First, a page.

Two days ago it was announced that NATO warships would begin patrolling the waters between Greece and Turkey to intercept boats carrying refugees so that their human ‘cargo’ could be returned to Turkey, which the EU now designates as a ‘safe third party’ country (despite the civil war waging there). The warships would be led by Germany with support from other NATO countries. The ‘mission’ is headed by NATO Supreme Allied Commander Gen. Philip Breedlove and is fully operational as of February 12th (yesterday). The plan was initiated by Germany and Turkey at the recent meeting between Germany’s Chancellor Angela Merkel and Turkey’s President Erdogan and forms part of the 3 billion euros deal with the Turkish Government. The inclusion of a Turkish warship in the NATO operation could add to, not lessen, territorial disagreements between Turkey and Greece (and see the mid-east conflict widen?).
Britain’s defence minister, Michael Fallon, commented on the mission: “They [the refugees] won’t be taken to Greece and that’s a crucial difference”. (Britain’s HMS Bulwark is also on standby to support the mission.)
The warships, with the agreement of the Turkish Goverment, will also monitor the Turkish coast for people smugglers. NATO will be coordinating its operations with Frontex and the Greek and Turkish coastguard services.
Standing NATO Maritime Group Two has five ships off Cyprus, led by Germany (the ‘Bonn’), with the other vessels from Canada (the Fredericton), Italy, Greece and Turkey (the Barbaros). Given the historical sensitivities between Greece and Turkey over demilitarisation of certain islands and what constitutes territorial waters and airspace (see Note, below) the inclusion of a Turkish warship in the operations is worrisome.
It should be noted that the current policy of ‘equal distances’ (between Turkish and Greece coastlines) favours Turkey, which has a history of challenging Greek sovereignty. In 1974 Turkey commenced overflights and naval trespasses over Greek waters in the Aegean. NATO’s presence in the Aegean could also provide an excuse for Turkey to provoke incidents and ‘neutralisation’ of territory (i.e. further erosion of Greek sovereignty). An example of this was the Imia incident.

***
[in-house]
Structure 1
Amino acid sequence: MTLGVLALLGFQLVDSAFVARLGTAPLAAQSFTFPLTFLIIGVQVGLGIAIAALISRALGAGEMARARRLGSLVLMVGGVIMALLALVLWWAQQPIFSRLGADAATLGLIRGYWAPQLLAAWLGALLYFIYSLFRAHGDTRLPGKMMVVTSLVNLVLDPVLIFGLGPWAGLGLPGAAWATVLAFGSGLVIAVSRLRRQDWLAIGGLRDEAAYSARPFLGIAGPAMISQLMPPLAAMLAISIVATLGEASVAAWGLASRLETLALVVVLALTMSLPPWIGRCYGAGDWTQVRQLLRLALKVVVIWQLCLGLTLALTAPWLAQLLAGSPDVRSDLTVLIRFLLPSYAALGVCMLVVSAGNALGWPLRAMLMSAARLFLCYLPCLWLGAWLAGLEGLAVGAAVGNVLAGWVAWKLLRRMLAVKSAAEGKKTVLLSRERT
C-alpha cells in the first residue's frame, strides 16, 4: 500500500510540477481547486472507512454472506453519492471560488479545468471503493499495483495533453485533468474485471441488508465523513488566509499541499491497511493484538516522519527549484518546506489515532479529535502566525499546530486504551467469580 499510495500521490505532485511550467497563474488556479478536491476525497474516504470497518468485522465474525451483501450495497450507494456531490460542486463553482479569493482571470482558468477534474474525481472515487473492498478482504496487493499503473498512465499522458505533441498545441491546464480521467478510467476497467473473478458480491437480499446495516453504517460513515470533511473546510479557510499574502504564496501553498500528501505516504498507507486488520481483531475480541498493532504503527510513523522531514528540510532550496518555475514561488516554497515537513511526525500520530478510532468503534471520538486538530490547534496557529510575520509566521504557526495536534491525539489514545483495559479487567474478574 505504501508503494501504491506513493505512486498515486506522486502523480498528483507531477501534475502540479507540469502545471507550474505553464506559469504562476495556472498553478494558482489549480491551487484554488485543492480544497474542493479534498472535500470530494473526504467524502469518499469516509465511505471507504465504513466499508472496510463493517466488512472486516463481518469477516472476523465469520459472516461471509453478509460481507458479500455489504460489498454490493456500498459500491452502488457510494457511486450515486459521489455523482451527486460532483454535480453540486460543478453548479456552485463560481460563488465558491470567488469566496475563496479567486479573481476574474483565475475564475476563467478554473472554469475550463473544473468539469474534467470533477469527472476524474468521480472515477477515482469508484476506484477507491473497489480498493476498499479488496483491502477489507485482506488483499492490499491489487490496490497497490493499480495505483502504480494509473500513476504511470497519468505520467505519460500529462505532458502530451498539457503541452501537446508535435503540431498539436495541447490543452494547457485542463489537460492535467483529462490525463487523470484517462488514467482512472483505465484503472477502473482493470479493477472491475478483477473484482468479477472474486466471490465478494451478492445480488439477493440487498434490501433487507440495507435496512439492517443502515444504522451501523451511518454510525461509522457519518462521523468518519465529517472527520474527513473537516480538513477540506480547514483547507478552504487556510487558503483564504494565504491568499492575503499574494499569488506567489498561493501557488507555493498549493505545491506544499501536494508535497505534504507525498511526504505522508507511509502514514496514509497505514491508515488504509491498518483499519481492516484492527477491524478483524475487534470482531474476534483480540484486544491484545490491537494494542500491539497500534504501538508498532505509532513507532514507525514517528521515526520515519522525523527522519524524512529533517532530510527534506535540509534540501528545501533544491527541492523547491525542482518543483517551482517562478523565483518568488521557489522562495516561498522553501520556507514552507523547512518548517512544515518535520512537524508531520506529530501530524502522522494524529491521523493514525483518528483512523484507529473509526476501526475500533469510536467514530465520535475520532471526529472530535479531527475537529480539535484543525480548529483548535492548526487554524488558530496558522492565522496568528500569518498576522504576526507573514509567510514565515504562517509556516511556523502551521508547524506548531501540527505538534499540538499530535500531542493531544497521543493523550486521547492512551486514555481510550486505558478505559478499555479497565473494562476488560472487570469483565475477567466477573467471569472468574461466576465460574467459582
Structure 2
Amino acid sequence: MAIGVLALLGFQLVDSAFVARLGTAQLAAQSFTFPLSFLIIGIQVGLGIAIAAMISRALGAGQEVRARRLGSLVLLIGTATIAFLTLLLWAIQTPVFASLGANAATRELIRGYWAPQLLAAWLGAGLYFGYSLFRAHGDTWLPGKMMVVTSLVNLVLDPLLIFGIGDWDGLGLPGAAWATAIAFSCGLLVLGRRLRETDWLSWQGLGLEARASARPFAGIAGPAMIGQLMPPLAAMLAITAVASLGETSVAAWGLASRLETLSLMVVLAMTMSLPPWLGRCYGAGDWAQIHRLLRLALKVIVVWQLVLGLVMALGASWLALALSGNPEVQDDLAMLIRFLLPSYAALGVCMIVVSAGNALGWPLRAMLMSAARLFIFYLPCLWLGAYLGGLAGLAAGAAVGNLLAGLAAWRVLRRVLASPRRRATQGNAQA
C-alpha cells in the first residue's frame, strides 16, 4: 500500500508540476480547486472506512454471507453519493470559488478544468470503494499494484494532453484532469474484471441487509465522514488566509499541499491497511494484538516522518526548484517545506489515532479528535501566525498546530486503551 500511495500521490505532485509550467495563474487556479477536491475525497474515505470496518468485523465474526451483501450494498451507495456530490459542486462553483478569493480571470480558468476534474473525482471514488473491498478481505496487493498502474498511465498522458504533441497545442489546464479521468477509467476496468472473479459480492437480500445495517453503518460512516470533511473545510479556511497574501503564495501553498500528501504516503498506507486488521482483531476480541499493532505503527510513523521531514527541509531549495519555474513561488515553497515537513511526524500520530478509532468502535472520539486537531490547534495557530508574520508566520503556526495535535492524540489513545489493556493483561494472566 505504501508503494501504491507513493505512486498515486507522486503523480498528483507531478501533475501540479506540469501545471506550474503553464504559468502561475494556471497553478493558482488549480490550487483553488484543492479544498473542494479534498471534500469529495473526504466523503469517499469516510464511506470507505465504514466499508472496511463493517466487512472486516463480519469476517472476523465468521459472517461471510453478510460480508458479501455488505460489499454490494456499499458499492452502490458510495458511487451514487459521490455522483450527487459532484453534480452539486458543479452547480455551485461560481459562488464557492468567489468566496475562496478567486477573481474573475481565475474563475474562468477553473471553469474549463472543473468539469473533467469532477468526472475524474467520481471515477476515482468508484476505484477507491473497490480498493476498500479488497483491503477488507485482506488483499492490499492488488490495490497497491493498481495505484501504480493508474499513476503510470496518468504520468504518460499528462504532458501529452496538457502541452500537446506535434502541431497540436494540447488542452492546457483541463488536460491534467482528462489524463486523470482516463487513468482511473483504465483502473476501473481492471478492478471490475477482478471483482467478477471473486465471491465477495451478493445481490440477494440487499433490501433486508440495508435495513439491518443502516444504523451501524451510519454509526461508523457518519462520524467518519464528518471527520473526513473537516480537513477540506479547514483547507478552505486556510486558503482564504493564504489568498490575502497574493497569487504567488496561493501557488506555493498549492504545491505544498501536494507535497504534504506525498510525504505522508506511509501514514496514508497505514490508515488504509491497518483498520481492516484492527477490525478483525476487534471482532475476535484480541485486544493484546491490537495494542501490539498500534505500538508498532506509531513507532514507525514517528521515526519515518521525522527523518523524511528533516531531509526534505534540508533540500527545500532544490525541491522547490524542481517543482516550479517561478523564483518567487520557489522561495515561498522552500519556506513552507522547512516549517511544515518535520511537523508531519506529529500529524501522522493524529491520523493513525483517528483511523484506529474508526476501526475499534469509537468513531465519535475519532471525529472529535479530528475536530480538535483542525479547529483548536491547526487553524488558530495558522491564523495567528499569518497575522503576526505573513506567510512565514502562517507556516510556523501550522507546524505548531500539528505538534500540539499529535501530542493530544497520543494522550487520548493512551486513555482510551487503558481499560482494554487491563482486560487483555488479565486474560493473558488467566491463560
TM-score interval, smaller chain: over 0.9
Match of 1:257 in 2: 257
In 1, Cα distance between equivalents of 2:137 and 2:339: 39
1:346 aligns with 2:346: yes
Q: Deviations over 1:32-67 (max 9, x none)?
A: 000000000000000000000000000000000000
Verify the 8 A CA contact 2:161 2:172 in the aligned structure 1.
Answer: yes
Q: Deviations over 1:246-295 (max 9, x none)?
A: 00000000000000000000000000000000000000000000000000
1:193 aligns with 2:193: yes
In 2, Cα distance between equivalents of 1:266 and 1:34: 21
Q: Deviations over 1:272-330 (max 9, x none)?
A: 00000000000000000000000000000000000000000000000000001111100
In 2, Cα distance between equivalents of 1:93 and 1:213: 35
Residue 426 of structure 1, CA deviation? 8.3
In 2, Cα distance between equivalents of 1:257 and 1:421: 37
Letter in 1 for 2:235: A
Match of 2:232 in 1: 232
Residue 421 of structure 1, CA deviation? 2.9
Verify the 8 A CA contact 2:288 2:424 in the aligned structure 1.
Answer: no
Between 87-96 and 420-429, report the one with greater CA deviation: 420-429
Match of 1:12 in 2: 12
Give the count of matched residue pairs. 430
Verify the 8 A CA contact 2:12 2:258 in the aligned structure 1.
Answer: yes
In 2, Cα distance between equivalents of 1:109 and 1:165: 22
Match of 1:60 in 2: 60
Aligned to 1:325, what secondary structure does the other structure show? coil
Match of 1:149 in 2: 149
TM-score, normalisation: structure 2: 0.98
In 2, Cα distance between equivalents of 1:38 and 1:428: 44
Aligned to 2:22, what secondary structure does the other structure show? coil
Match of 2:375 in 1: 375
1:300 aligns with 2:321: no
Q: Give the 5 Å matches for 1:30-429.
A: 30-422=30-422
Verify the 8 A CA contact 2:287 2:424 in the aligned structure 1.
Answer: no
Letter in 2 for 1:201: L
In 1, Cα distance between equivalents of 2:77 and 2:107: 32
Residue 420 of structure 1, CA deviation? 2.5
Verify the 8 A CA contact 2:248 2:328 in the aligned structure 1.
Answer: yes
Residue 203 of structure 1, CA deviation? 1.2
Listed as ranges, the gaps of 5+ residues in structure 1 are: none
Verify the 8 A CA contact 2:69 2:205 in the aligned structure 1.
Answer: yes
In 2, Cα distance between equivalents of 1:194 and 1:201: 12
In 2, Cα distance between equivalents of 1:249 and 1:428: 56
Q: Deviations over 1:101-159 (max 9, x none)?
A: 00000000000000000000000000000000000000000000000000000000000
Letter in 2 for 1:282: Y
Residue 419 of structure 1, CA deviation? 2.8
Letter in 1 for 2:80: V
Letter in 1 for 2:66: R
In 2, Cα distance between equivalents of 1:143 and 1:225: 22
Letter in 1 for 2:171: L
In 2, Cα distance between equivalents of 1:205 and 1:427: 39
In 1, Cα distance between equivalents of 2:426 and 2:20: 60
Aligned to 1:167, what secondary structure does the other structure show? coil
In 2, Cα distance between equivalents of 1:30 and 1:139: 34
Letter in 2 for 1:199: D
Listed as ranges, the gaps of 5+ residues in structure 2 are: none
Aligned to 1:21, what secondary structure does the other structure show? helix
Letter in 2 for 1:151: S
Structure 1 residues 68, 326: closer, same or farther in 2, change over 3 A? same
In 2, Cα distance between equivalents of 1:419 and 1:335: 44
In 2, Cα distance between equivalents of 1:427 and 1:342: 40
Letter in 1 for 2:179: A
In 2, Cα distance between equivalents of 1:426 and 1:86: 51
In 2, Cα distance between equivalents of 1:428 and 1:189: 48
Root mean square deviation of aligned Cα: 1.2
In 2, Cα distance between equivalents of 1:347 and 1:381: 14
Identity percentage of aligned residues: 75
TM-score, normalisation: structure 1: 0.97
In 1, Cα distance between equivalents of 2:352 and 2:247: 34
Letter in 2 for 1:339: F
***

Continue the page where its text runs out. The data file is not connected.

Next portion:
Note…”One problem which the Turks appear to be exploiting with overflights is the status of small inhabited islets in the Dodecanese. These islets, including Agathonisi and Farmakonisi, were named neither in the 1914 agreements nor in Lausanne, which turned the Dodecanese over to Italy from the Ottoman Empire, nor in the Treaty of Paris of 1947. Lausanne listed the major Dodecanese islands and then added “the dependent islets.” The Paris Treaty continued things by referring to “adjacent islets.” Given that the islands are inhabited, their status and Greek sovereignty over them seems quite clear, and implicit Turkish raising of their sovereignty a highly questionable response.” (Courtesy of Wikileaks – see header below.)